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Loving the Language: The Choice, Marketing, and Impact of Mandarin Immersion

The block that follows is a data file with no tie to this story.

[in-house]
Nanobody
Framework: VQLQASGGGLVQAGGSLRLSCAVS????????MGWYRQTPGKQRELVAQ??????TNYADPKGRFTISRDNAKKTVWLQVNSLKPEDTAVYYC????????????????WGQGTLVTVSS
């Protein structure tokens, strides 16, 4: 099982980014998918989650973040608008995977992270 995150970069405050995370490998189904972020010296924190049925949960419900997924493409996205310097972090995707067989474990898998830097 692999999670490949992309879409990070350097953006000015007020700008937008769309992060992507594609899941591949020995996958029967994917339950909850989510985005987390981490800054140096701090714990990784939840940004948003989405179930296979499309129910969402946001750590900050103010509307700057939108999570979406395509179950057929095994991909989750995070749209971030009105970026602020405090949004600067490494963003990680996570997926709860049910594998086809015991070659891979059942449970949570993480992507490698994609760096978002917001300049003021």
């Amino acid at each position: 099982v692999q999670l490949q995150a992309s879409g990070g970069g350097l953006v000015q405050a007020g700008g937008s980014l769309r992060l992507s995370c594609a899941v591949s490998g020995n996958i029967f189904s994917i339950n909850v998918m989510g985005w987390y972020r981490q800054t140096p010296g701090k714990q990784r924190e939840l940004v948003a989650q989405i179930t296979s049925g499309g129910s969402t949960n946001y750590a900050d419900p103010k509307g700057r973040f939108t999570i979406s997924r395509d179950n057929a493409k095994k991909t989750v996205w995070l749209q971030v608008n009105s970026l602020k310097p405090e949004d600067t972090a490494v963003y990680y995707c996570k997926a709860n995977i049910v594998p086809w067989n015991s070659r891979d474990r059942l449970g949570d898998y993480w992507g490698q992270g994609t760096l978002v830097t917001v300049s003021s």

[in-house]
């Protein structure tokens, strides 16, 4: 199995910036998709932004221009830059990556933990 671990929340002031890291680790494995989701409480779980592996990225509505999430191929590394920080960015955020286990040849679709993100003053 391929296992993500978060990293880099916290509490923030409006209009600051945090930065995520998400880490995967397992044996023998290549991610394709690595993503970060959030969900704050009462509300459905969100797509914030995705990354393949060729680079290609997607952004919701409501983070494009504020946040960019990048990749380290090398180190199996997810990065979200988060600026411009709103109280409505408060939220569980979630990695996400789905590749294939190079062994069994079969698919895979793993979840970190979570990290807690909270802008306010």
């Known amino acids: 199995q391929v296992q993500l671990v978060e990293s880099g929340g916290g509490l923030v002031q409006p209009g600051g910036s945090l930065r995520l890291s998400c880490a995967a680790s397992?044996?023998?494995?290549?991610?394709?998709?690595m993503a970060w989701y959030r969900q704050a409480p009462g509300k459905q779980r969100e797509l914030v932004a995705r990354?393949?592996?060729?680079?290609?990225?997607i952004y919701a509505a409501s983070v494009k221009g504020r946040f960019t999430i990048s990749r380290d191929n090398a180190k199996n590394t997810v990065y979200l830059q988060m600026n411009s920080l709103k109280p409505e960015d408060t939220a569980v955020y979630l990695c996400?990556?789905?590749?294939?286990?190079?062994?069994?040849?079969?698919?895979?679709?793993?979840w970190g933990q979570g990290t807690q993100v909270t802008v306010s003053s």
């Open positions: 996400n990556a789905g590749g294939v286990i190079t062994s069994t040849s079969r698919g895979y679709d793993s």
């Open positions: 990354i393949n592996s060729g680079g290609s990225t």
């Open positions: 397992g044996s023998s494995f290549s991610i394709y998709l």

This study investigates why and how Americans of various social locations are choosing Mandarin Immersion Programs, a form of bilingual education, as a source of cultural and linguistic transmission. Mandarin Immersion Programs are elementary school programs where children learn a foreign language and culture through a traditional elementary school curriculum. The growing number of language immersion programs and their locations outside ethnic enclaves, suggests that they hold some attraction to Americans of various backgrounds. To investigate this phenomenon, I examine Mandarin Immersion Programs through three related questions: 1) why do parents, without a Mandarin-speaking background or culture, choose a Mandarin Immersion Program? 2) how and why does a school promote a Mandarin Immersion Program when the student body is majority Hispanic? 3) how does the implementation of the Mandarin Immersion Program and the parents it attracts, impact the school environment? The analysis draws on two different, but related sets of data collection primarily located in the state of California. The first set of mixed-methods data was collected during the 2015-2016 school year and included a 500-respondent parent survey and 15 interviews with Black and White parents. The second set of data was collected three years later, during the 2018-2019 academic year. It narrows the focus to one Mandarin Immersion Program placed within a traditional English-only elementary school. The school serves a primarily working-class Hispanic student population within a conventional public-school district. The Mandarin Immersion Program is a strand of the school, as not all the students are learning in two languages. For the 2018-2019 academic school year, I spent approximately 300 hours observing four elementary classrooms and various parent and administrator meetings. I supplement the observations with twenty-five parent, teacher, and administrator interviews. This dissertation reveals several key findings in three stand-alone substantive chapters. First, in Chapter 2, I find that White and Black parents frame the benefits of immersion for their children differently. White parents want to give their children a future advantage to sustain their place within the academic hierarchy. Black parents choose Mandarin Immersion to circumvent structural issues within the educational system that may impact their children negatively. In Chapter 3, I find that a struggling school uses the immersion program to attract parents from outside the school catchment area resulting in an improved school based on state metrics. The immersion parents that arrive are generally middle-class and begin to occupy many parental positions of influence. I argue that the district does not take the majority Hispanic student body into account because their goals are not necessarily educational or citizenship-building. Rather, the goals are to increase school enrollment, test scores, and resources by bringing middle-class parents into the school through branding itself as a gateway to a global community. Finally, in Chapter 4, I show how the immersion program creates a more racially and economically diverse student body. However, the integration is superficial, and the structure of the program creates two schools under one roof. Mandarin Immersion parents leverage their social class resources to make changes to the school that primarily benefit their children and may eventually push out the families that existed before the immersion program arrived.

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